Behavior of a Small Four-Stroke Engine Using as Fuel Methanol - Gasoline Mixtures 2003-32-0024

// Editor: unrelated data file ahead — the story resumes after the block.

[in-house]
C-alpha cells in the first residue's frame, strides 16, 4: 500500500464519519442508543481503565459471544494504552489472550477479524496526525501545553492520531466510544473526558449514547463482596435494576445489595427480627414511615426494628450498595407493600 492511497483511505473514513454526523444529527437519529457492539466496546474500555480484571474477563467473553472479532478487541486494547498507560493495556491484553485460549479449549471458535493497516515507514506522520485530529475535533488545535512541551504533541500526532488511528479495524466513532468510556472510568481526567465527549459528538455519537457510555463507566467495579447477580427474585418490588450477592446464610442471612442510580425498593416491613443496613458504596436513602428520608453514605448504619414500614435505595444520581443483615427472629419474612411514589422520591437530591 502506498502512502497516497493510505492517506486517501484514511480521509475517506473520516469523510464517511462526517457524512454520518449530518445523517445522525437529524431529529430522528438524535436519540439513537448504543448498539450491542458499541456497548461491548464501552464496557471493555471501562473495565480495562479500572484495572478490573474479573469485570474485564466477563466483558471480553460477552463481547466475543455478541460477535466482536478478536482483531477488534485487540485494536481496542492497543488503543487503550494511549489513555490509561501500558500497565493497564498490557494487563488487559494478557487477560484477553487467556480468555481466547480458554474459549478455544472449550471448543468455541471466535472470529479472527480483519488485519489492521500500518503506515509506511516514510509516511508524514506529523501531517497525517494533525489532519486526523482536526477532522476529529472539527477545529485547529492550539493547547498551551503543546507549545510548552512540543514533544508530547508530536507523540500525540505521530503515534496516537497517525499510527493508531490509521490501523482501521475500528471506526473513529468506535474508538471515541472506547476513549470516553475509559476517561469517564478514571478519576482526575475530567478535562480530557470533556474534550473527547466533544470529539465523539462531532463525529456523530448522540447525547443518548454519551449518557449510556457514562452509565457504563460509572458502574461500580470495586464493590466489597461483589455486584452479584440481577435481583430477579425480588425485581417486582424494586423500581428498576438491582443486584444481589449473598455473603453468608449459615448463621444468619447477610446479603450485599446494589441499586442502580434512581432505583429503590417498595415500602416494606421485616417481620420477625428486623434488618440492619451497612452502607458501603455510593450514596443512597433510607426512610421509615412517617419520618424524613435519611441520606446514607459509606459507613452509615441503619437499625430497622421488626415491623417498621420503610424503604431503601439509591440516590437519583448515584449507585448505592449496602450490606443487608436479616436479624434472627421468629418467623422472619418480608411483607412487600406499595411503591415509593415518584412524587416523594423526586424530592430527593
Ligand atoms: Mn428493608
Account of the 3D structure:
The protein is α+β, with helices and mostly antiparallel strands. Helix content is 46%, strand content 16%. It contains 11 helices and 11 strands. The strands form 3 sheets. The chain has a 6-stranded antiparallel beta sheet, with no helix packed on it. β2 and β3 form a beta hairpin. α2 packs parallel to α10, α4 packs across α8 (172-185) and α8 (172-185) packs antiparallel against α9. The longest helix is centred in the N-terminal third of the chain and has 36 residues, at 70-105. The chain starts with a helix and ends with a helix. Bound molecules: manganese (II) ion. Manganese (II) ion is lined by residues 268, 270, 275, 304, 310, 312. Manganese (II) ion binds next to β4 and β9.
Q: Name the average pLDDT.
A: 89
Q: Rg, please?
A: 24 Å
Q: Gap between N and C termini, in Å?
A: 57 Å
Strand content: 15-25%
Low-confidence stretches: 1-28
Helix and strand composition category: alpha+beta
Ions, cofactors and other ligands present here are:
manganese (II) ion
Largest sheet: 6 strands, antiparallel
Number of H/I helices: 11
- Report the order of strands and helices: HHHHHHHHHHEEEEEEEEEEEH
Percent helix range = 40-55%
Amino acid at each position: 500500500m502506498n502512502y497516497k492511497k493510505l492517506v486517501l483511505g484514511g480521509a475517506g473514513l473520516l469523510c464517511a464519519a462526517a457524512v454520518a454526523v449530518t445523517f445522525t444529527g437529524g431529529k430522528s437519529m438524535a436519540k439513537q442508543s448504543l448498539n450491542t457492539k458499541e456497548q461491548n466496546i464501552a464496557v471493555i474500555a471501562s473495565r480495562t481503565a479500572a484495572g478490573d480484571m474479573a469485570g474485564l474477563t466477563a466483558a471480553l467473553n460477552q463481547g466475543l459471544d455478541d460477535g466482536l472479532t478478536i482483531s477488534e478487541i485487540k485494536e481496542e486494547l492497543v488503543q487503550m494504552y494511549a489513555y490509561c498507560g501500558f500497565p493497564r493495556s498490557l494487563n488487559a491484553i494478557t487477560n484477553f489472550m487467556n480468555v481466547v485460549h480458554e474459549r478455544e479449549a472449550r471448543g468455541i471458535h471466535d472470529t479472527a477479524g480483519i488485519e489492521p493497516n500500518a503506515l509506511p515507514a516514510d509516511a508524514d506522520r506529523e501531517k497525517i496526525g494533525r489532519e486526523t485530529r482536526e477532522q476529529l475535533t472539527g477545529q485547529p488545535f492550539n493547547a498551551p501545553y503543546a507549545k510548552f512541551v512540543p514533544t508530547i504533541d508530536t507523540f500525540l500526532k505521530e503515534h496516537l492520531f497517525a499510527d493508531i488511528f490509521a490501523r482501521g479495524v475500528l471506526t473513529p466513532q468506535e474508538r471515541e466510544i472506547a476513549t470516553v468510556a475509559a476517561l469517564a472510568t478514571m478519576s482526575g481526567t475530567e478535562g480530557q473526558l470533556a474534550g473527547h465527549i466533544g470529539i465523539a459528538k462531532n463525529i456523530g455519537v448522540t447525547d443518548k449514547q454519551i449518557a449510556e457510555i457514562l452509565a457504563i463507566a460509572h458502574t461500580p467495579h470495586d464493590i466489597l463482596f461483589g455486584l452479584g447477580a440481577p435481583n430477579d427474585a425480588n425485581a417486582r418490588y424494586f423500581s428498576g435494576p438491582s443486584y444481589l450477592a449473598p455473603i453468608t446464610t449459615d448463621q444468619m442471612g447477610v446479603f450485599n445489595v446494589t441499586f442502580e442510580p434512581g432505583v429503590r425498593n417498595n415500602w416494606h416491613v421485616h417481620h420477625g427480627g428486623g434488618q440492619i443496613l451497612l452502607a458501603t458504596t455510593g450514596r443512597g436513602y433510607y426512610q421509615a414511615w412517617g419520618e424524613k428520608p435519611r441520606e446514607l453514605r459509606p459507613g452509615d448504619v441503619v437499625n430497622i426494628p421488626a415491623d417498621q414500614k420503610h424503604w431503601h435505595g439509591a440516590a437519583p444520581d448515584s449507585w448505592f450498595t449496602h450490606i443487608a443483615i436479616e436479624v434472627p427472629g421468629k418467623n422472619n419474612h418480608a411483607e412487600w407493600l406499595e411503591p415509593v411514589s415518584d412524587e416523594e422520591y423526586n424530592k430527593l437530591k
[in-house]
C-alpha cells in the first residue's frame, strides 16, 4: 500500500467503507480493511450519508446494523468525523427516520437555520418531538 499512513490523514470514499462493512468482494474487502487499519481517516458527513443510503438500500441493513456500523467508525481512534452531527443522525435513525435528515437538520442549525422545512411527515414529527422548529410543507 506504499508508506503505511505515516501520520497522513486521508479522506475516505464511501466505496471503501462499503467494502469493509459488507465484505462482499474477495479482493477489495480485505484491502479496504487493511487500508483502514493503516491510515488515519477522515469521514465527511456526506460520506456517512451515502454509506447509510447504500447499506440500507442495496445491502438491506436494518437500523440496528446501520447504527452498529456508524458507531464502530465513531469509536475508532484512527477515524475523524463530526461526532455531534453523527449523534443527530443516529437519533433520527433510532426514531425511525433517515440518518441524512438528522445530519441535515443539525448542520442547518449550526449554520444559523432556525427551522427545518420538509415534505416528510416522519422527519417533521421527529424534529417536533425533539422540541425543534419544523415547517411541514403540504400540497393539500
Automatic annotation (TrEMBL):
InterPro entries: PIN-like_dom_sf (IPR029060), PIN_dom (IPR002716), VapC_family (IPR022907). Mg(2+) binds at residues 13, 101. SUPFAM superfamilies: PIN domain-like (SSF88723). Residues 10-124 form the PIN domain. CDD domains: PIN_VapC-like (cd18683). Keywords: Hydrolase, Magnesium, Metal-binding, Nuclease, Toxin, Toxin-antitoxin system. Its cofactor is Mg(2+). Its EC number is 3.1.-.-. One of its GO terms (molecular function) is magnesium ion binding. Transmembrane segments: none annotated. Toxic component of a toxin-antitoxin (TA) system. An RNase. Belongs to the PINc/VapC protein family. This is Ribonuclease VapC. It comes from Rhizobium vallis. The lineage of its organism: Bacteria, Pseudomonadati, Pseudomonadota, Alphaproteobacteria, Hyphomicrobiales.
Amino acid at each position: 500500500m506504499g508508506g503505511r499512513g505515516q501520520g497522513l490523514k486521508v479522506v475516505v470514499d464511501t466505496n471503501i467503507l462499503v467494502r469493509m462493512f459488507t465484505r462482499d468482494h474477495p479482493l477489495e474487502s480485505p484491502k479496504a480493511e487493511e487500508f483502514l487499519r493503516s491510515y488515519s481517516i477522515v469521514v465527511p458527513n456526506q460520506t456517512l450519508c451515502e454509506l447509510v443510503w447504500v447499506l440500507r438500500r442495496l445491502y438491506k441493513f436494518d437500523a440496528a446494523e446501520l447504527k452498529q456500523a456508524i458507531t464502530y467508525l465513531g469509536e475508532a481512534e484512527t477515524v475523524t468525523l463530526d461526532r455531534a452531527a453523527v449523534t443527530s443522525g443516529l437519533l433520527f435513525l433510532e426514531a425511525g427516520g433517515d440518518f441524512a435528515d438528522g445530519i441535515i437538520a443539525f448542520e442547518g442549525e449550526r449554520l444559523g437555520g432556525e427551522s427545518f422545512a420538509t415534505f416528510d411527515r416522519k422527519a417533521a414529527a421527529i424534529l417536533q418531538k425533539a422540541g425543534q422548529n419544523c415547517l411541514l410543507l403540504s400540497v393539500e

Air pollution caused by engines is an international problem. Antipollution technology provides many technical solutions that may be effective in some countries and be inapplicable in others. The need for air pollution control and the shortage of petroleum-based fuels lead to the use of renewable sources of fuels, the biofuels. Quantities of alcohols can be used as fuel in order to substitute some part of gasoline in internal combustion engines. Methanol is an alternative fuel and can be produced from non-petroleum feed stocks such as coal or biomass. This paper examines the use of methanol-gasoline mixtures in an internal combustion engine of a small displacement that is used for the movement of a small alternative electrical generator. Different mixtures of methanol-gasoline (10%, 20% and 30% methanol) were used as fuel. The engine functioned without load at first and then under full load conditions (1KW). During the function of the engine the gas emissions (CO, HC) and the fuel consumption were measured constantly for every mixture separately. Test showed an important decrease of gas emissions when the percentage of methanol in the gasoline was increased. Also, there was no evidence of engine malfunction when the percentage of methanol in the methanol-gasoline mixtures was increased. The fuel consumption increases when the percentage of methanol in the fuel increases.